The relationship between the big five and cyberbullying among college students: the mediating effect of moral disengagement
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The present study examined the prevalence of cyberbullying and the mediating effect of moral disengagement in the relationship between the Big Five personality traits and cyberbullying. We recruited 655 undergraduates to complete the NEO Five-Factor Inventory, Moral Disengagement Scale, and Cyberbullying Questionnaire. The results revealed: (1) significant gender differences in cyberbullying, with males reporting more cyberbullying than females in all three dimensions: perpetration, victimization, and bystander behavior; (2) agreeableness was negatively related to engaging in perpetration, victimization, and bystander behavior, whereas neuroticism was only positively related to bystander behavior; and (3) moral disengagement played a partially mediating role in the relationship between neuroticism and bystander behavior, as well as the relationship between agreeableness and bystander behavior. Moreover, moral disengagement played a totally mediating role in the relationship between agreeableness and engagement in perpetration, as well as the relationship between agreeableness and involvement in victimization.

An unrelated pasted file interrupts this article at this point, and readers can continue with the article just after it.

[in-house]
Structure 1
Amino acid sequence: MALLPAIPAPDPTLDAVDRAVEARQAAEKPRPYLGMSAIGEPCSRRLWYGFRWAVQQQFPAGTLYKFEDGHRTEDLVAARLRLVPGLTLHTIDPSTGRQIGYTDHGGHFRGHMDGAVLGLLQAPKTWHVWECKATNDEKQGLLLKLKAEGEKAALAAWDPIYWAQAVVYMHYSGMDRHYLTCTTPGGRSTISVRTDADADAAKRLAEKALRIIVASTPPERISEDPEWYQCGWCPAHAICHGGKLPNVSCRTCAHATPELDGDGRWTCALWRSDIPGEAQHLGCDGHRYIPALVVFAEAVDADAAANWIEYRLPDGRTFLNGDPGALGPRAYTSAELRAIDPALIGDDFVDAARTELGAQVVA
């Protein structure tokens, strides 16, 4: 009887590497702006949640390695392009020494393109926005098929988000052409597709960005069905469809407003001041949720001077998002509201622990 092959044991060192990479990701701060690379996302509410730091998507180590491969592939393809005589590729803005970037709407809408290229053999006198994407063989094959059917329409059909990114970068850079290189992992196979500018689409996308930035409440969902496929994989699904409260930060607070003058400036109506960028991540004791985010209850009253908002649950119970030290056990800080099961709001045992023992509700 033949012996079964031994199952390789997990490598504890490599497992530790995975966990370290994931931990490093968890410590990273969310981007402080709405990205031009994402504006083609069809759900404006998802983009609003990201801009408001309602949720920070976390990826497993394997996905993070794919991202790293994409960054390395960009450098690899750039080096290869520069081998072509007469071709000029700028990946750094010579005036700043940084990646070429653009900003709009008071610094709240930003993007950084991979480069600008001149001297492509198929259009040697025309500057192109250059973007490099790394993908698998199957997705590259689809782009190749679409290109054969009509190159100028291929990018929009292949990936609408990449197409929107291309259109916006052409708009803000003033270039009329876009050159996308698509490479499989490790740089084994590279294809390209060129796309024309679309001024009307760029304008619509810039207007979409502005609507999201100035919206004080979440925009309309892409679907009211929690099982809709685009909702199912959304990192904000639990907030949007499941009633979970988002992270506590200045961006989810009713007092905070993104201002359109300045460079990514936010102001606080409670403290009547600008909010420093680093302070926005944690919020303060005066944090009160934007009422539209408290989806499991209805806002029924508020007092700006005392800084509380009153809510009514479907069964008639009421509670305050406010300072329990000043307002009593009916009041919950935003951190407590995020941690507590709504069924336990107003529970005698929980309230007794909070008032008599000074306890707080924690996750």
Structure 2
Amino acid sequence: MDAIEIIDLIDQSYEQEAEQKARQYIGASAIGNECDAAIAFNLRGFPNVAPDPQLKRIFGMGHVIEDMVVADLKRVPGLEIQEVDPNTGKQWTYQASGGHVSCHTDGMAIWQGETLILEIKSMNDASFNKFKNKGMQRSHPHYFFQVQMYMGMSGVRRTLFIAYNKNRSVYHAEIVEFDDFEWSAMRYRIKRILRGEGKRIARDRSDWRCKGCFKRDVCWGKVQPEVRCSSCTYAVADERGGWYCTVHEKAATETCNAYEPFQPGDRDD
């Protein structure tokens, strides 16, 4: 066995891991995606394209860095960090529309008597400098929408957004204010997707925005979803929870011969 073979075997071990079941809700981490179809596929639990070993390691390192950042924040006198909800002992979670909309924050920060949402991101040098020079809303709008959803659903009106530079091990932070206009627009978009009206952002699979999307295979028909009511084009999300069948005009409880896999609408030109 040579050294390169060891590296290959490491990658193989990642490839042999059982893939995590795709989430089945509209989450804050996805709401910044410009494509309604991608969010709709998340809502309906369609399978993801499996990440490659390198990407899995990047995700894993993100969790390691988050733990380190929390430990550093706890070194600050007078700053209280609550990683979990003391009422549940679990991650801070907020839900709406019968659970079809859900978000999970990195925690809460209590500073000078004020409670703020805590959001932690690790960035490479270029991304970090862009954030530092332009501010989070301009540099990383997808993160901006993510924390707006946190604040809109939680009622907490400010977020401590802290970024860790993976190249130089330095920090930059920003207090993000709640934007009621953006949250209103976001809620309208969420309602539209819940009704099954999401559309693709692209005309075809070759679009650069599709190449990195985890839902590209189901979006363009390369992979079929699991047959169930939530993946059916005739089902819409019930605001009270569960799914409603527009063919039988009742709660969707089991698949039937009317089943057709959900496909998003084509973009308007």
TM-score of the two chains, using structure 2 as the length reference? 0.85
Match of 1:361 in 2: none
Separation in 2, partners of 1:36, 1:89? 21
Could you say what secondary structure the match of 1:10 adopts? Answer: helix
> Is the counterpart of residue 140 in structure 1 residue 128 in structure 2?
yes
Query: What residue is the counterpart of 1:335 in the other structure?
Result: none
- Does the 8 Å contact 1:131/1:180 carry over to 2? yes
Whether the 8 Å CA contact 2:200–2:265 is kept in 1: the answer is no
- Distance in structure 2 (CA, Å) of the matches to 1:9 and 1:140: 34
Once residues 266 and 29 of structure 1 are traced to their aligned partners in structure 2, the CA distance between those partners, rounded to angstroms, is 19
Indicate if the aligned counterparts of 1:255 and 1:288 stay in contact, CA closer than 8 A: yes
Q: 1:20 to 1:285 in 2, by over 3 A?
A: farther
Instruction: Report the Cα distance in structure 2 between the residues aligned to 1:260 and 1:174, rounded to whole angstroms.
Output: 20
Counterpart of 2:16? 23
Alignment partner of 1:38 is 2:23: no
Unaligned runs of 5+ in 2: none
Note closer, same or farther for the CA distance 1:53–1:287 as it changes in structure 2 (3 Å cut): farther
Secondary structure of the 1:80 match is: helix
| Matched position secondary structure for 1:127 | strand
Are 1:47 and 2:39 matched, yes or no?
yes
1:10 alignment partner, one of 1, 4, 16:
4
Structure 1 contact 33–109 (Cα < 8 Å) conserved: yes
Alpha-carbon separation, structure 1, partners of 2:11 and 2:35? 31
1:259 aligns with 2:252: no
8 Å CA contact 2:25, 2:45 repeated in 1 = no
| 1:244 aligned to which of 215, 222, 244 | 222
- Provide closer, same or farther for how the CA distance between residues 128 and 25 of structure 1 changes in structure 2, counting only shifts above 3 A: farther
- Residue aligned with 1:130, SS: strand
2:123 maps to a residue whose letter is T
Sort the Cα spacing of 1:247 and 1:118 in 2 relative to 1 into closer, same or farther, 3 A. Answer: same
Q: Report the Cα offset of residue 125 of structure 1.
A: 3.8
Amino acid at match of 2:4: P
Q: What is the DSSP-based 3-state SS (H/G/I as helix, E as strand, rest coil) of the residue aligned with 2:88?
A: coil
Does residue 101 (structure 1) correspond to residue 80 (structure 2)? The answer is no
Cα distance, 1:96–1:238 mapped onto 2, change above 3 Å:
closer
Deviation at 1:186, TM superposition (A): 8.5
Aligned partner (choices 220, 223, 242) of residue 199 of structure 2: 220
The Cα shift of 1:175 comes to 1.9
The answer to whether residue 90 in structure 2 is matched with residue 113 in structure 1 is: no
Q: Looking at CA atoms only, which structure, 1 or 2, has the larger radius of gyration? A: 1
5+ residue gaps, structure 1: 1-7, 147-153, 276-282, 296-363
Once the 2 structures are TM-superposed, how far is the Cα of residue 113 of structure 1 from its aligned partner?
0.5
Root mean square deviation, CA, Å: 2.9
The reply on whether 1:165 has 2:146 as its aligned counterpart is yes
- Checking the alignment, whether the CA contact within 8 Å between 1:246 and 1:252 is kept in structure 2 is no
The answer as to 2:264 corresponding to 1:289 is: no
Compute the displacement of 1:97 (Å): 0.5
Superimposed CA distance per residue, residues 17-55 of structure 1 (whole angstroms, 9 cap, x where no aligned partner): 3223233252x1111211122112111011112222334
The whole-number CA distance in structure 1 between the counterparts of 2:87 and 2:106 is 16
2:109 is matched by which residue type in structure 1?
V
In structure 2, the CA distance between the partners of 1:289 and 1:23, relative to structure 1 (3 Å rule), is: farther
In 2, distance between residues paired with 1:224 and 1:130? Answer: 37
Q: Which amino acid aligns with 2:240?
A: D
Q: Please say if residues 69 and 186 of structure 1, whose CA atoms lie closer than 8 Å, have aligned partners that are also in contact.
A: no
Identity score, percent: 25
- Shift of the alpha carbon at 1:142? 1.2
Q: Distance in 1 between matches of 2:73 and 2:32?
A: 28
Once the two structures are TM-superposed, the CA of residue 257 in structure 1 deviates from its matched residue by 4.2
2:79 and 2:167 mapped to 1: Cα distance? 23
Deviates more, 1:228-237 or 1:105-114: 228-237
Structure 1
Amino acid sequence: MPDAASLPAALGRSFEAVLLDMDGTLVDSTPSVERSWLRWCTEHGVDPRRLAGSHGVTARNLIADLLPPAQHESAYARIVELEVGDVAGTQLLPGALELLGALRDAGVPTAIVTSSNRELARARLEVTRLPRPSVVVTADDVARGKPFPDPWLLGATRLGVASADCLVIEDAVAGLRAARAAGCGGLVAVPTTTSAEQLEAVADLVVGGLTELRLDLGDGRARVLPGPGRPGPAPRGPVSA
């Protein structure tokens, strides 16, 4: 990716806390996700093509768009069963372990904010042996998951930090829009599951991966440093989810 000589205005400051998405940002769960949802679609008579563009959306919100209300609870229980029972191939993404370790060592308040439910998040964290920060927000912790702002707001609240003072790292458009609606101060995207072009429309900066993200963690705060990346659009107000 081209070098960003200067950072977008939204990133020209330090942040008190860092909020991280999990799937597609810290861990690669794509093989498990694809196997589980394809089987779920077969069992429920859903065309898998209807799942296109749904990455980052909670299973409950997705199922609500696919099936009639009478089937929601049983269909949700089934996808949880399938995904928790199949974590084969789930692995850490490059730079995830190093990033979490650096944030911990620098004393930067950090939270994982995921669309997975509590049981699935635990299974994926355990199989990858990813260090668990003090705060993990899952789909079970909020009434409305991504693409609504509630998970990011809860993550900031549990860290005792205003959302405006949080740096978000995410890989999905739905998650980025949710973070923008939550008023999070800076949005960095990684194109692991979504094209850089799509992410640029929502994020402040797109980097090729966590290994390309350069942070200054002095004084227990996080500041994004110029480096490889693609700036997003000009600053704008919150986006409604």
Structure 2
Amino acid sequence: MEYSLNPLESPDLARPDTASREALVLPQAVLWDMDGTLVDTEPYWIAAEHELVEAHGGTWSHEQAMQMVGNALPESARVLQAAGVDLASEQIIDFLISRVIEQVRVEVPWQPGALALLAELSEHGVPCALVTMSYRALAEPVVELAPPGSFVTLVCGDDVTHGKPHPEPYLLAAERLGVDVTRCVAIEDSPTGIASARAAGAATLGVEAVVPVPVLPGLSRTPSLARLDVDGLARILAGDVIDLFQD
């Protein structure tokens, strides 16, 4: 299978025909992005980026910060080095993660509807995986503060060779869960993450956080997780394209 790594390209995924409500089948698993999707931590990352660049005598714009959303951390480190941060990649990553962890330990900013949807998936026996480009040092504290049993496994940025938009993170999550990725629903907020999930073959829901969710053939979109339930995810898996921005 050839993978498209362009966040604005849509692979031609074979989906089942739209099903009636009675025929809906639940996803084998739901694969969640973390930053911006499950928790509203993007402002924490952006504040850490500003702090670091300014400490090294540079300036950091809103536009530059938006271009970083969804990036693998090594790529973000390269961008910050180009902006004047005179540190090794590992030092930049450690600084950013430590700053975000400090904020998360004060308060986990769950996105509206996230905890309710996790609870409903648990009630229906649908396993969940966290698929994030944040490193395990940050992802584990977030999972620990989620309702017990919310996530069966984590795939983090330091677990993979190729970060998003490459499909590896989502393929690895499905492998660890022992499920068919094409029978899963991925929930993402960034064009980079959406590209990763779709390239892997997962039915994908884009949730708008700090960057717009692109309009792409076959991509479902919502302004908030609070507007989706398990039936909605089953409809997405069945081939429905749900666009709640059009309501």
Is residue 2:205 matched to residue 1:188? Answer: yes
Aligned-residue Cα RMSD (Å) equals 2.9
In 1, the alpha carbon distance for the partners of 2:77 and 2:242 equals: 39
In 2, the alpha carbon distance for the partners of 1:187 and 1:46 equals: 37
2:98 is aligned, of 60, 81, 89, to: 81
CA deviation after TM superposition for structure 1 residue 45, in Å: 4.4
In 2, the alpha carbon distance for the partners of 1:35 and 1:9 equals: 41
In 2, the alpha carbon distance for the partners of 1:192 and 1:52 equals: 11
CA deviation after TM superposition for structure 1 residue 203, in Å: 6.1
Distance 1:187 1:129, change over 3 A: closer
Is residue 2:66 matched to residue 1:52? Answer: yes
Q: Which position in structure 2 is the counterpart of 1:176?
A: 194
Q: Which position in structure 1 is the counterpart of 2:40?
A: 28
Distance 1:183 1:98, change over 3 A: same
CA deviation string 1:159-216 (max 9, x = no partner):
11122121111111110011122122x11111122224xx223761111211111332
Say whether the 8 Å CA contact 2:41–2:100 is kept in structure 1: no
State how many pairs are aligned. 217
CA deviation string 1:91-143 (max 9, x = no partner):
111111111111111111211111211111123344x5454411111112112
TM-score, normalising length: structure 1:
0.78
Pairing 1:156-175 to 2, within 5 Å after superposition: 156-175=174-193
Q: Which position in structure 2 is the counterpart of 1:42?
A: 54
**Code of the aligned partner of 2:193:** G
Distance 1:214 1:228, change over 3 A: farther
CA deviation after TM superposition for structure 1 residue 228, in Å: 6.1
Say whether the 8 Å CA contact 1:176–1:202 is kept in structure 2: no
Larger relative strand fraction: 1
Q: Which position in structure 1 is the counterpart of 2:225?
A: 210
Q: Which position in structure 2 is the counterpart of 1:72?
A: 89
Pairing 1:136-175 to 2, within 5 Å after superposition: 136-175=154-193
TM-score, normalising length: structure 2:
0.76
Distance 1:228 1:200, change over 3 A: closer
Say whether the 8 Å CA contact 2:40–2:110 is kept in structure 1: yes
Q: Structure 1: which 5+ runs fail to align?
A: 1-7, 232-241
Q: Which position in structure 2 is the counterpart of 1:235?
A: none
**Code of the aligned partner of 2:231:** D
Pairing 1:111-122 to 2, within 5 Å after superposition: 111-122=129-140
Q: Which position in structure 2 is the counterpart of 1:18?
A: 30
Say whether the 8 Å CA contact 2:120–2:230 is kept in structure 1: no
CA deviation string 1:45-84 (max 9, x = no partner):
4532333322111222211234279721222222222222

KeywordsCollege students Big five personality Cyberbullying Moral disengagement
This study was funded by the National social Science Foundation of China (Grant No. 14XSH013), The 13th Five-Year Plan for Education Science of Chongqing (Grant No. 2016-GX-086).
Compliance with Ethical Standards
Conflict of Interest
This research was conducted in the absence of any commercial or financial relationships that could be construed as a potential conflict of interest. Author Z declares that she has no conflict of interest. Author Z declares that she has no conflict of interest. Author G declares that she has no conflict of interest.
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